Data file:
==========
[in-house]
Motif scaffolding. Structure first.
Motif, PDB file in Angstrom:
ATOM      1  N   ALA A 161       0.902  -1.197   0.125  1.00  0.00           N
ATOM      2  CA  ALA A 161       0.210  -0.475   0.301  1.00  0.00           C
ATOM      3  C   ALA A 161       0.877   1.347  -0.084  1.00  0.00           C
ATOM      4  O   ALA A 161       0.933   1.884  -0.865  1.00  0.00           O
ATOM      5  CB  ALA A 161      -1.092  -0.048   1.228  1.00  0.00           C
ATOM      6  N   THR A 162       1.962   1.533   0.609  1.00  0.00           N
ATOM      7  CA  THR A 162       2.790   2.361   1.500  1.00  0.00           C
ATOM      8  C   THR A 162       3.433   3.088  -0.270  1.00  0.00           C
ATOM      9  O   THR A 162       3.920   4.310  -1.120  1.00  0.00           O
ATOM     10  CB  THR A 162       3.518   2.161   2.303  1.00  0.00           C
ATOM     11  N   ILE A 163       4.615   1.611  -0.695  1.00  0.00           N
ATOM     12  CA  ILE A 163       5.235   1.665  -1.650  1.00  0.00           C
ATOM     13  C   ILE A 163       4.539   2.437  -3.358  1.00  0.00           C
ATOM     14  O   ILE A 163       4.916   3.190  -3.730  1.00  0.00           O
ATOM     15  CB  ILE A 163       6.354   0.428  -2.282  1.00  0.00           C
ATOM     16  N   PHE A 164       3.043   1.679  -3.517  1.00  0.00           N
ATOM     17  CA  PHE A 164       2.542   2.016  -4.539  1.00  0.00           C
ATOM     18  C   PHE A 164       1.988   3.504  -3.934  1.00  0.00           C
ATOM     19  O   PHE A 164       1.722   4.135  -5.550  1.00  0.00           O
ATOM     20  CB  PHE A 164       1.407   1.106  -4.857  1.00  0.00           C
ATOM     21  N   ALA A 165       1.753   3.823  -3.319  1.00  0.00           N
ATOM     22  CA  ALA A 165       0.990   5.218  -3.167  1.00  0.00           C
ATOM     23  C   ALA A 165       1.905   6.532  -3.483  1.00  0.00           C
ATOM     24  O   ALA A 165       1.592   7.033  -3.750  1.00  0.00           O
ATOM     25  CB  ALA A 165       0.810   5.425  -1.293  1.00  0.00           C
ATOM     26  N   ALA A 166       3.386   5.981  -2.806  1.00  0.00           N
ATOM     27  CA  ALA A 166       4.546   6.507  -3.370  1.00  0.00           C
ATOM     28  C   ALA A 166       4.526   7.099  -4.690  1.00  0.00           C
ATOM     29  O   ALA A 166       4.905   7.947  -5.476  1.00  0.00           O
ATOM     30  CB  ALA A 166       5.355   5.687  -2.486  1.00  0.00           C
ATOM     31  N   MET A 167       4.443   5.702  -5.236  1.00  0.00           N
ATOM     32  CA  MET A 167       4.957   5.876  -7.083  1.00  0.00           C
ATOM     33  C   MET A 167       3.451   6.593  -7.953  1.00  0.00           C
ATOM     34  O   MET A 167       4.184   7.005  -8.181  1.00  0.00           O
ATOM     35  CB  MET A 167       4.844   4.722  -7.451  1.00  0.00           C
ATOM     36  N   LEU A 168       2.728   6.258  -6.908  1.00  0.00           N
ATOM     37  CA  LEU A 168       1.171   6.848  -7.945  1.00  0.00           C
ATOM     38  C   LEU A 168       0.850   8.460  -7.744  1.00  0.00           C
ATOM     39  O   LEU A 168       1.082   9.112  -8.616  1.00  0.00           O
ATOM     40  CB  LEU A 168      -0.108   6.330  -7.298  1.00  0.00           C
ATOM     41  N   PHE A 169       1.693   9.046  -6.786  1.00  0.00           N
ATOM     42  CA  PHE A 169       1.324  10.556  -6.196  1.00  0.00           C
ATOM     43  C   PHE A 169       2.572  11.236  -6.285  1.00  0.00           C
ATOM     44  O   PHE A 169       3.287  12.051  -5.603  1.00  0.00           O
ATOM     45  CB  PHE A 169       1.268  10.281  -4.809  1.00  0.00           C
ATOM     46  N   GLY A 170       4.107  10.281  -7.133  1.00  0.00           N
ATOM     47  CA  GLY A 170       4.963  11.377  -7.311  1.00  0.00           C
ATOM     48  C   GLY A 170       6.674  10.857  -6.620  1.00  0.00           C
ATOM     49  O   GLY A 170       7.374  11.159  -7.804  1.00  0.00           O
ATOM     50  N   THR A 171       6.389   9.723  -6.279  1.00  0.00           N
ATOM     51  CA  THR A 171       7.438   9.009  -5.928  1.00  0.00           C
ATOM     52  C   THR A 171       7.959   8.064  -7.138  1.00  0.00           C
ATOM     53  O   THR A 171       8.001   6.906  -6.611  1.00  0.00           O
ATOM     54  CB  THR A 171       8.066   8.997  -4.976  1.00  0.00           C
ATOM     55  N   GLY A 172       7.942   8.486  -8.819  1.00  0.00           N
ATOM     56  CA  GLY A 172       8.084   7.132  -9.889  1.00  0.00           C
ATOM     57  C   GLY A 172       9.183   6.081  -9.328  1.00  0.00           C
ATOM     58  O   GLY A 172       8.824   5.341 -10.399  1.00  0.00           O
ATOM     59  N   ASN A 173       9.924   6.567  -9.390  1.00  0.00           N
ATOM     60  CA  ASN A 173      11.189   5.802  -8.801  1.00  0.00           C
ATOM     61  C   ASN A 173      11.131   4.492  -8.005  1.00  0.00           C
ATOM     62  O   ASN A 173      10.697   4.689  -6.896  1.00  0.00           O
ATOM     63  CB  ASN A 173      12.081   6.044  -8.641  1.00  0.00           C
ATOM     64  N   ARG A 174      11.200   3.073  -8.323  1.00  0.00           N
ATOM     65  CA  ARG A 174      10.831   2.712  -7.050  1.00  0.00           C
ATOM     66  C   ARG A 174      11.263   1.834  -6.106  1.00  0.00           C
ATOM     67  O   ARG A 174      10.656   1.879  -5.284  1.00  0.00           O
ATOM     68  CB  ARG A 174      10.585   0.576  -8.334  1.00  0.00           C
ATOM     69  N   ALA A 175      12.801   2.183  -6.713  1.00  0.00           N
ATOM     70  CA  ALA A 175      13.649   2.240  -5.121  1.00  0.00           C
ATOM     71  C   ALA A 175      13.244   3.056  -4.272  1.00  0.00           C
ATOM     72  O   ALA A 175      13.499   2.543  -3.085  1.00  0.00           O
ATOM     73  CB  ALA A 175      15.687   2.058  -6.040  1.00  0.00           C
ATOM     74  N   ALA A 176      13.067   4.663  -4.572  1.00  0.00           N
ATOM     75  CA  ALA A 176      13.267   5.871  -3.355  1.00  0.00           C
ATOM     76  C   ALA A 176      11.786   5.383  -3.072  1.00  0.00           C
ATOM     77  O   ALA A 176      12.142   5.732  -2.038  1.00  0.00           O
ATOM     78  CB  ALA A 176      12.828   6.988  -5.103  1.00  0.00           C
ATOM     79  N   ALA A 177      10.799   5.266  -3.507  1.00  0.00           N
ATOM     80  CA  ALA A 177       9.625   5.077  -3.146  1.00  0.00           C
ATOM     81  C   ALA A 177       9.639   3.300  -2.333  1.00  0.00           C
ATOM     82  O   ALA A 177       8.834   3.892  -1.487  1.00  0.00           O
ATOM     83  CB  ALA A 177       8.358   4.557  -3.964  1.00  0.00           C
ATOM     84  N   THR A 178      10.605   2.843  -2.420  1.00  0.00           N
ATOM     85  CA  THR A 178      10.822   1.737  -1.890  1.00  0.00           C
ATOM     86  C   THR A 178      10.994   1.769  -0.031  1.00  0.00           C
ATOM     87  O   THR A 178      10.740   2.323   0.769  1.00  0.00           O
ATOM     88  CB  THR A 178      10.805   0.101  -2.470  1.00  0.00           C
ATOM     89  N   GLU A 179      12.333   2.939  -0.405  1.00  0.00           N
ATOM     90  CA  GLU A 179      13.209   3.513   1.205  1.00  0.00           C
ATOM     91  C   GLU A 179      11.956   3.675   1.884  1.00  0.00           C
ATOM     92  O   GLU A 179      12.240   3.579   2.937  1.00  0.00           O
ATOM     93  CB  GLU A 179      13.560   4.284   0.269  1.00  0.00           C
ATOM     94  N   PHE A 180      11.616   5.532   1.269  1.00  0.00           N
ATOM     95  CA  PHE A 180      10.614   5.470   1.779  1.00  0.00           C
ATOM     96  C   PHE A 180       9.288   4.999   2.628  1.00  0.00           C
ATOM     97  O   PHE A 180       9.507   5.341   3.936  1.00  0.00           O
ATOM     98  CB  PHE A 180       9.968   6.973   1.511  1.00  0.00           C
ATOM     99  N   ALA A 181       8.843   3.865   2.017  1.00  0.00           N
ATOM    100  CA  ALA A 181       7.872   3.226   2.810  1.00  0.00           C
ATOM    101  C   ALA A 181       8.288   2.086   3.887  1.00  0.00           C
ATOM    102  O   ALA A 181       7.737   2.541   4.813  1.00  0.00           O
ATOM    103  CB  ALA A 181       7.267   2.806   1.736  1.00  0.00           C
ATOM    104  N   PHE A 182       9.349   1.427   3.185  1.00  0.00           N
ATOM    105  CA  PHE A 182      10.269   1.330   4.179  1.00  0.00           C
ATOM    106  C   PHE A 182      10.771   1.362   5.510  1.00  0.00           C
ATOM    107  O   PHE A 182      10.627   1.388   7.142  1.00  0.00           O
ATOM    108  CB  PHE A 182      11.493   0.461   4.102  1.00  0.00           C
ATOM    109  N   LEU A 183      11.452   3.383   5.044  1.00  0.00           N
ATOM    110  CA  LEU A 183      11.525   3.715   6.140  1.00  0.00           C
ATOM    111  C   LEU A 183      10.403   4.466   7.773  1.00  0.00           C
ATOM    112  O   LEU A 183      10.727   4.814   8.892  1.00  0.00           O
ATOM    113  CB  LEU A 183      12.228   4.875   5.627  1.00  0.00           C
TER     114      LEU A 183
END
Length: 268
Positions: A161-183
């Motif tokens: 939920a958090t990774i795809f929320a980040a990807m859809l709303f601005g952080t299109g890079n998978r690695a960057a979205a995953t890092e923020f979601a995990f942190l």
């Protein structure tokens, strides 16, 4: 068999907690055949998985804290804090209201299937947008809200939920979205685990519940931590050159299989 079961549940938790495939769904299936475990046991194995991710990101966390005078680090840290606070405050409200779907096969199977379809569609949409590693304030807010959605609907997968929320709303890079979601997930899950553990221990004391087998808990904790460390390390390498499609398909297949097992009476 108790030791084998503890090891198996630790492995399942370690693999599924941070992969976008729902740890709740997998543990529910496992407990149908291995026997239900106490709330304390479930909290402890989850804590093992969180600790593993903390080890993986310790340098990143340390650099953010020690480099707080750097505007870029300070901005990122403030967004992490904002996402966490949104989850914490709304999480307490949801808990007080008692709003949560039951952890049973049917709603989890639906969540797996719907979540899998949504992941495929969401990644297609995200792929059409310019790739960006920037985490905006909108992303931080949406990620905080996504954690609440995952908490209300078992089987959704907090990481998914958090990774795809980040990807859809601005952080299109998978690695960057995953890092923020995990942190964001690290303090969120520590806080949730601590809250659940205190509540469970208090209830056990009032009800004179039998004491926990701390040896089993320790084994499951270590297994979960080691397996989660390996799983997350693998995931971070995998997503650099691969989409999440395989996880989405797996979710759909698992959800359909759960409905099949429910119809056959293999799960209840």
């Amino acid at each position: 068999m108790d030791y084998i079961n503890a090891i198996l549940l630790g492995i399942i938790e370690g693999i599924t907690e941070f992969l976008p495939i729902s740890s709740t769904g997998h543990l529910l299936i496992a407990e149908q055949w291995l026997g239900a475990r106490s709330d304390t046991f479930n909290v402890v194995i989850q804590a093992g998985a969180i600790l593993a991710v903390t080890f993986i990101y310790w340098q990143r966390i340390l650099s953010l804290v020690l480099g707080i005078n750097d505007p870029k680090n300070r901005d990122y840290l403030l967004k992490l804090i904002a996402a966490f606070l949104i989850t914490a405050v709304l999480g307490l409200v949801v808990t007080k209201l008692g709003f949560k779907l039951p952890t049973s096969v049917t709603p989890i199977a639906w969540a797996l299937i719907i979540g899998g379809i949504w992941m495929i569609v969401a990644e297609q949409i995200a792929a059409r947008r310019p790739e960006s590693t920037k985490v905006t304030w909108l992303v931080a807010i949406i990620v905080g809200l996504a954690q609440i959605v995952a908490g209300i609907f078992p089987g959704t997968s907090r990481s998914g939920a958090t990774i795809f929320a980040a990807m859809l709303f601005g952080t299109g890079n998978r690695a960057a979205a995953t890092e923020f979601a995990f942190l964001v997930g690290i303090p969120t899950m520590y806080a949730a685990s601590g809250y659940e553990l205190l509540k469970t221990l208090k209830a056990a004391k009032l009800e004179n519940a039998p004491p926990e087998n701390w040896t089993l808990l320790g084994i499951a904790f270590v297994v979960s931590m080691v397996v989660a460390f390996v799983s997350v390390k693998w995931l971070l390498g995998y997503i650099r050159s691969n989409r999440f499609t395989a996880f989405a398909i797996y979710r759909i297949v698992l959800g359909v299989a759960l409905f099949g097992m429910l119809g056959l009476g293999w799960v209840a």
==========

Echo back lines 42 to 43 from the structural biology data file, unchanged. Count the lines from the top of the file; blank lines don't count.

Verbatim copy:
ATOM     39  O   LEU A 168       1.082   9.112  -8.616  1.00  0.00           O
ATOM     40  CB  LEU A 168      -0.108   6.330  -7.298  1.00  0.00           C